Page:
Select your localized edition:

Close ×

More Ways to Connect

Discover one of our 28 local entrepreneurial communities »

Be the first to know as we launch in new countries and markets around the globe.

Interested in bringing MIT Technology Review to your local market?

MIT Technology ReviewMIT Technology Review - logo


Unsupported browser: Your browser does not meet modern web standards. See how it scores »

{ action.text }

Three days later, Sony finally issued a more detailed statement on the hack, confirming that names, addresses, birthdates, e-mail addresses, and other information for registered users of its PlayStation Network and Qriocity—which provides streaming media—had been stolen. It gave customers advice on how to protect themselves in case of identity theft.

Later that day, an angry user named “jonabbey” commented on Sony’s PlayStation blog: “It’s rather incredible that this is the first meaningful communication you have given us. Many of us who are savvy enough to be reading your blog are technical enough to be running our own Internet services, and you really can’t go wrong by over-communicating, here.”

Schneier agrees. “You need enough information so researchers—and also customers—can make intelligent decisions,” he says. “But the companies don’t want the customer to have visibility. They are perfectly happy not talking about the details, because the details are embarrassing.”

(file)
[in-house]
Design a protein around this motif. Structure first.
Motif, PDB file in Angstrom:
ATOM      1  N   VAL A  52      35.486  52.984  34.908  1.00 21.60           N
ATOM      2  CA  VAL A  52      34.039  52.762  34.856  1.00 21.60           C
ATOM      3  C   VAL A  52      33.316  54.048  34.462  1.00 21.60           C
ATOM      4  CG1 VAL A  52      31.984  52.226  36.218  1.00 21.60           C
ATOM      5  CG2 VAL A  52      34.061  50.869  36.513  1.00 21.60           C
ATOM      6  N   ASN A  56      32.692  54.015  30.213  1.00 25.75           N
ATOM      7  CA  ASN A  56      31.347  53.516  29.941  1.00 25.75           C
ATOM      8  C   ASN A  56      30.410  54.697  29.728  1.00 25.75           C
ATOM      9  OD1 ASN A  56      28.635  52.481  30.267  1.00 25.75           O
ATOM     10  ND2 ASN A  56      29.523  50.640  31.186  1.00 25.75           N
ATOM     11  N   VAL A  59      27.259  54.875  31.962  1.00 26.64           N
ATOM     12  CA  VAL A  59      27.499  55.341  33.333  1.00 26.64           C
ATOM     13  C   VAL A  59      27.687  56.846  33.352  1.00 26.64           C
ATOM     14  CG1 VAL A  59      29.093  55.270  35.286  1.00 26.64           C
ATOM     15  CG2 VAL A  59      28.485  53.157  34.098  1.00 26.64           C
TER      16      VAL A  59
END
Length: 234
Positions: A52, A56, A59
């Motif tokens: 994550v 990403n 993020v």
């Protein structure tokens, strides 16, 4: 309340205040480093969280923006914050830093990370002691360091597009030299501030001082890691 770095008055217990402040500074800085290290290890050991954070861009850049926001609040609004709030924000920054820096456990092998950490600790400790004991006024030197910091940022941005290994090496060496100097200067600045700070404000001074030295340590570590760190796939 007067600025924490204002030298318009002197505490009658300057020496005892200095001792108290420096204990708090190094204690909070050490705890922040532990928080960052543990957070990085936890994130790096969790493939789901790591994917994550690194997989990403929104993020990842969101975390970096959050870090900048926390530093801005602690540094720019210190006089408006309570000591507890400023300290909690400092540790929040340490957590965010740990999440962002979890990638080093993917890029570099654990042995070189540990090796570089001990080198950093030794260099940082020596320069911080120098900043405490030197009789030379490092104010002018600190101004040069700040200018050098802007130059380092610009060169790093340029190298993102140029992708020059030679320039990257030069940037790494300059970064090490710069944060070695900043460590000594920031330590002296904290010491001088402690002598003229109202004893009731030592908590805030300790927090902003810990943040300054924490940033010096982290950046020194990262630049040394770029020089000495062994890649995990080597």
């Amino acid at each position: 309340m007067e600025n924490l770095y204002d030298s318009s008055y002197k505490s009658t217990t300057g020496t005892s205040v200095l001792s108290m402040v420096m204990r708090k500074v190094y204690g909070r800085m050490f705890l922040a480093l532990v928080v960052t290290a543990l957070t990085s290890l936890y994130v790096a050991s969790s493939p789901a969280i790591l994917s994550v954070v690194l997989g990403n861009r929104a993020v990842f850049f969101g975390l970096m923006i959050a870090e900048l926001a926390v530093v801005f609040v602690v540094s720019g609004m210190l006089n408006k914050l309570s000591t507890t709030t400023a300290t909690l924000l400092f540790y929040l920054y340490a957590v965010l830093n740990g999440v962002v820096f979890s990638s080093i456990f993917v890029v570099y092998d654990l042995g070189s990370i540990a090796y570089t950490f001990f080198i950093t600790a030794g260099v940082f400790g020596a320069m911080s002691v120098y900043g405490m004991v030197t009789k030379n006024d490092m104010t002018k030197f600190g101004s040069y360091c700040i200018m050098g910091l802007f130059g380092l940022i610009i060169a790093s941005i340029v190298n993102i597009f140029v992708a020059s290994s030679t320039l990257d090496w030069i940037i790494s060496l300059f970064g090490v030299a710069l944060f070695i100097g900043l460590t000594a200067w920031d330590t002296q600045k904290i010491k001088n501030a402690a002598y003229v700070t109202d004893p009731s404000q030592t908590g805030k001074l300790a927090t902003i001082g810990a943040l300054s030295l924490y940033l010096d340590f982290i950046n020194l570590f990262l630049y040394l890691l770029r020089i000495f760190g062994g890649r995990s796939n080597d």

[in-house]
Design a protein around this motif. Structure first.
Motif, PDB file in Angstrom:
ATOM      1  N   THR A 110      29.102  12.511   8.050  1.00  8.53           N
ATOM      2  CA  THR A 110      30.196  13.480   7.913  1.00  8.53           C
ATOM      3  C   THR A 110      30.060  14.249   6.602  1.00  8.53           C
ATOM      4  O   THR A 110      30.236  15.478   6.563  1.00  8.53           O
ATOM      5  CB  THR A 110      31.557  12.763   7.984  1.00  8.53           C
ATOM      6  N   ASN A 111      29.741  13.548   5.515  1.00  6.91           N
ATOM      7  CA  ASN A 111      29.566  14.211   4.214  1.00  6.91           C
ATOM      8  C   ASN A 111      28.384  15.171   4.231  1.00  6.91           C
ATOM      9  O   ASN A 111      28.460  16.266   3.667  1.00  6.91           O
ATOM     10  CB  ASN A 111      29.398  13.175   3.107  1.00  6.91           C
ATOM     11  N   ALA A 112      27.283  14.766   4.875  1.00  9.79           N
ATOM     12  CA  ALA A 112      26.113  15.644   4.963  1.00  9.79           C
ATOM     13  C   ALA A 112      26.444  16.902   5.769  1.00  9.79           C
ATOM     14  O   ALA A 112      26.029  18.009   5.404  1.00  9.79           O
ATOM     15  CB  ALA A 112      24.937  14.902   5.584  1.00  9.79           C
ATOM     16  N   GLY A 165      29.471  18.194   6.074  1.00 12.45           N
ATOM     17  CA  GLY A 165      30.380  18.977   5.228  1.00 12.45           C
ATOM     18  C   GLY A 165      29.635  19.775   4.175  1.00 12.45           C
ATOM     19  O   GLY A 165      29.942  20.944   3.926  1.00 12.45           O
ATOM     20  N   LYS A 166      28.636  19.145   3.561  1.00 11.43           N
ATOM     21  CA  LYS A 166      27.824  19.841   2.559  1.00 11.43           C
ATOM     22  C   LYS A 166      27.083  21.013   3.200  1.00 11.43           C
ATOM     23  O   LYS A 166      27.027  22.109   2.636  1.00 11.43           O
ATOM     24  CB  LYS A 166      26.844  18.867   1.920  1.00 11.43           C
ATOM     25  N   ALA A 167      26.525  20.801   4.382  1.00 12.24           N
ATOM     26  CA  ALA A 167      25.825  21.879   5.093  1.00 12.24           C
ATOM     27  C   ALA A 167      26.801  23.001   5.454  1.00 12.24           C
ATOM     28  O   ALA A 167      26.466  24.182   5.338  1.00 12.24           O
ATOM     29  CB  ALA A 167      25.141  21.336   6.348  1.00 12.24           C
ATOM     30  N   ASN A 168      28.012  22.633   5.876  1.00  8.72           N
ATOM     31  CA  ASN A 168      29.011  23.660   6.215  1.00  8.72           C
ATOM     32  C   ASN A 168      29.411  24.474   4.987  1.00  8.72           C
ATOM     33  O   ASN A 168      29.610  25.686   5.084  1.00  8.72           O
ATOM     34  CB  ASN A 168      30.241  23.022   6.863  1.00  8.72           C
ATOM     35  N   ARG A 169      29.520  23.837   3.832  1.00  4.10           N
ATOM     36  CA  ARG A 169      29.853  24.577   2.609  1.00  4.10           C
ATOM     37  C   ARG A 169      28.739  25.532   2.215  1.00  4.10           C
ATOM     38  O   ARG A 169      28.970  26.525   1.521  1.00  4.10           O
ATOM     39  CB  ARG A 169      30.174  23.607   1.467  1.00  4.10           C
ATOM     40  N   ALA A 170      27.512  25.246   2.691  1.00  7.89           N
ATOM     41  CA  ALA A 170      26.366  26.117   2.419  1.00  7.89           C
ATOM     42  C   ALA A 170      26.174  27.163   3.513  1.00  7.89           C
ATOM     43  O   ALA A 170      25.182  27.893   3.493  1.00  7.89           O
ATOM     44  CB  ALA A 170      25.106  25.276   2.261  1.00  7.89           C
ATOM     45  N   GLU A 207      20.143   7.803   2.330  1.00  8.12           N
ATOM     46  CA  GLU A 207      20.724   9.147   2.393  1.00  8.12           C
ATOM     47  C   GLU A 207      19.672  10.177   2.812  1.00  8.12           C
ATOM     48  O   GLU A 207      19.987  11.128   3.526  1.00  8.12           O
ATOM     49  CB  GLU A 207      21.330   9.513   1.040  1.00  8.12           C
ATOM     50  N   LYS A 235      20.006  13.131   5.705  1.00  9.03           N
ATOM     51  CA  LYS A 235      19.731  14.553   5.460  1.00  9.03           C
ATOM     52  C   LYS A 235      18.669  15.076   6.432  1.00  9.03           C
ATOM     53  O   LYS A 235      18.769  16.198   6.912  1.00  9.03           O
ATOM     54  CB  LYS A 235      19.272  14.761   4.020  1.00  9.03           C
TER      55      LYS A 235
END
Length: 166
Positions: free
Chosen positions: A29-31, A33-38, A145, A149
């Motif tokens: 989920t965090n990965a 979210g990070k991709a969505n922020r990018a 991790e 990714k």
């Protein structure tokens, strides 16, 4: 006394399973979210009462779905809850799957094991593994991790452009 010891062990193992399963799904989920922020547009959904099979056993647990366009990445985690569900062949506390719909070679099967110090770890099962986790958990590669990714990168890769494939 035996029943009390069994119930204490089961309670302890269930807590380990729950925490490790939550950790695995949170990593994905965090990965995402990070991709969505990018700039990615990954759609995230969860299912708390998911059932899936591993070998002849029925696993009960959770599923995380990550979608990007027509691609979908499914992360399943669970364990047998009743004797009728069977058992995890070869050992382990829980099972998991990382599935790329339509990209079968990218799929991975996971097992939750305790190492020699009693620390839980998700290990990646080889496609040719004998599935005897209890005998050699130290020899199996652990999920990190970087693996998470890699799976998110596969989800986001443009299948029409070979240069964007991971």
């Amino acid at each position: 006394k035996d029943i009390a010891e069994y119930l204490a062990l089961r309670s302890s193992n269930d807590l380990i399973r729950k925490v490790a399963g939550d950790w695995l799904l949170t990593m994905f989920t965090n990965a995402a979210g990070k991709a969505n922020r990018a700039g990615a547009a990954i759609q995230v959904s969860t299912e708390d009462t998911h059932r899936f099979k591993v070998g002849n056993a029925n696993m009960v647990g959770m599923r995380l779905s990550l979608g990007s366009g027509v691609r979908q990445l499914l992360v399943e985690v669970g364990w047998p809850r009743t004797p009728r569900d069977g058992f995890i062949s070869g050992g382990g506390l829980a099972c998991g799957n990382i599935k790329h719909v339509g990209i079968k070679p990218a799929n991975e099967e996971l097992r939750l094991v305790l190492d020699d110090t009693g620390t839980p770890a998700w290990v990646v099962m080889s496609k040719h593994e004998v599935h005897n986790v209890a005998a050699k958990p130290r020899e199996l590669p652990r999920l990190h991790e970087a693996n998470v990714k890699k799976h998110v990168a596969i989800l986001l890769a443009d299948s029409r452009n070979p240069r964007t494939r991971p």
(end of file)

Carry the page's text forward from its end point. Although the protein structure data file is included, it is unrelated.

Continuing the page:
Schneier added: “Right now, you as a customer have no choice but to trust Sony— or Citibank, or your phone company, or Facebook, or Amazon, with your information—and you have no visibility and no control over how they secure it.”

Last week, the White House announced a legislative proposal that would increase penalties for those who hack into computer systems—but only if the target involves critical infrastructure, which is yet to be defined.  Under the current Computer Fraud and Abuse Act, penalties only apply to attacks on  financial or government networks. Melissa Hathaway, a consultant who served as President Obama’s cyber policy advisor in early 2009, says the proposal should extend to incidents such as the Sony breach. 

“This is an opportunity to actually create more of a domestic deterrence policy statement that any computer that is penetrated for whatever reason should fall within this law,” Hathaway says. “The laws should determine that the hacking is illegal, and that the effects of the hacking should determine the penalties. It’s time that the government declares that the computer systems of all entities—government, commercial, education—are interconnected.”

The White House proposal would also create a federal law requiring companies to notify users of breaches that expose their personal information in the United States. Currently, a patchwork of 47 state laws govern such notification.

1 comment. Share your thoughts »

Tagged: Computing, security, Amazon, Sony, hack

Reprints and Permissions | Send feedback to the editor

From the Archives


Introducing MIT Technology Review Insider.

Already a Magazine subscriber?

You're automatically an Insider. It's easy to activate or upgrade your account.

Activate Your Account

Become an Insider

It's the new way to subscribe. Get even more of the tech news, research, and discoveries you crave.

Sign Up

Learn More

Find out why MIT Technology Review Insider is for you and explore your options.

Show Me